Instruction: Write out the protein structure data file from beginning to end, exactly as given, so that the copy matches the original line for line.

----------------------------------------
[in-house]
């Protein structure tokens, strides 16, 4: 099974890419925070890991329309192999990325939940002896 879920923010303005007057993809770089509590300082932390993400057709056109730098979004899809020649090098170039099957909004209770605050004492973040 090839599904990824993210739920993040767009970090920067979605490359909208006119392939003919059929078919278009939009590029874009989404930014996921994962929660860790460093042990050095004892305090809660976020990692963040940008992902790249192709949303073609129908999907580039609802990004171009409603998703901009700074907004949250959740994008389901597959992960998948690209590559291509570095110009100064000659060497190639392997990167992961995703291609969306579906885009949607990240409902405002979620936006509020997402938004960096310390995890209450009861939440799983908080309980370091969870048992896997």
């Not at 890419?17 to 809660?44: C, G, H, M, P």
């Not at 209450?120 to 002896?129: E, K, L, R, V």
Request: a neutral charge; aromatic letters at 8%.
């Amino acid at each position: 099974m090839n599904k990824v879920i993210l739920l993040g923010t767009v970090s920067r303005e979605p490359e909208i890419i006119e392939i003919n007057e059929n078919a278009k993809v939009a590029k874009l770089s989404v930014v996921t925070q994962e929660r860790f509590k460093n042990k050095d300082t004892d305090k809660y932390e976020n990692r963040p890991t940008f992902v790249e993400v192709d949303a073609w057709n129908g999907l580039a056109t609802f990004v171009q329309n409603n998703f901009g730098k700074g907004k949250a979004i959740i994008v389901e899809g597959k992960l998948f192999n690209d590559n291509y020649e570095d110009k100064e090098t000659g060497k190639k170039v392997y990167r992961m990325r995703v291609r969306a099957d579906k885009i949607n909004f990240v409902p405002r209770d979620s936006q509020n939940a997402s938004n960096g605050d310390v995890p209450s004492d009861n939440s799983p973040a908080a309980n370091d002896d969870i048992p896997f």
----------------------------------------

[in-house]
């Protein structure tokens, strides 16, 4: 099974890419925070890991329309192999990325939940002896 879920923010303005007057993809770089509590300082932390993400057709056109730098979004899809020649090098170039099957909004209770605050004492973040 090839599904990824993210739920993040767009970090920067979605490359909208006119392939003919059929078919278009939009590029874009989404930014996921994962929660860790460093042990050095004892305090809660976020990692963040940008992902790249192709949303073609129908999907580039609802990004171009409603998703901009700074907004949250959740994008389901597959992960998948690209590559291509570095110009100064000659060497190639392997990167992961995703291609969306579906885009949607990240409902405002979620936006509020997402938004960096310390995890209450009861939440799983908080309980370091969870048992896997």
């Not at 890419?17 to 809660?44: C, G, H, M, P």
């Not at 209450?120 to 002896?129: E, K, L, R, V």
Request: a neutral charge; aromatic letters at 8%.
């Amino acid at each position: 099974m090839n599904k990824v879920i993210l739920l993040g923010t767009v970090s920067r303005e979605p490359e909208i890419i006119e392939i003919n007057e059929n078919a278009k993809v939009a590029k874009l770089s989404v930014v996921t925070q994962e929660r860790f509590k460093n042990k050095d300082t004892d305090k809660y932390e976020n990692r963040p890991t940008f992902v790249e993400v192709d949303a073609w057709n129908g999907l580039a056109t609802f990004v171009q329309n409603n998703f901009g730098k700074g907004k949250a979004i959740i994008v389901e899809g597959k992960l998948f192999n690209d590559n291509y020649e570095d110009k100064e090098t000659g060497k190639k170039v392997y990167r992961m990325r995703v291609r969306a099957d579906k885009i949607n909004f990240v409902p405002r209770d979620s936006q509020n939940a997402s938004n960096g605050d310390v995890p209450s004492d009861n939440s799983p973040a908080a309980n370091d002896d969870i048992p896997f």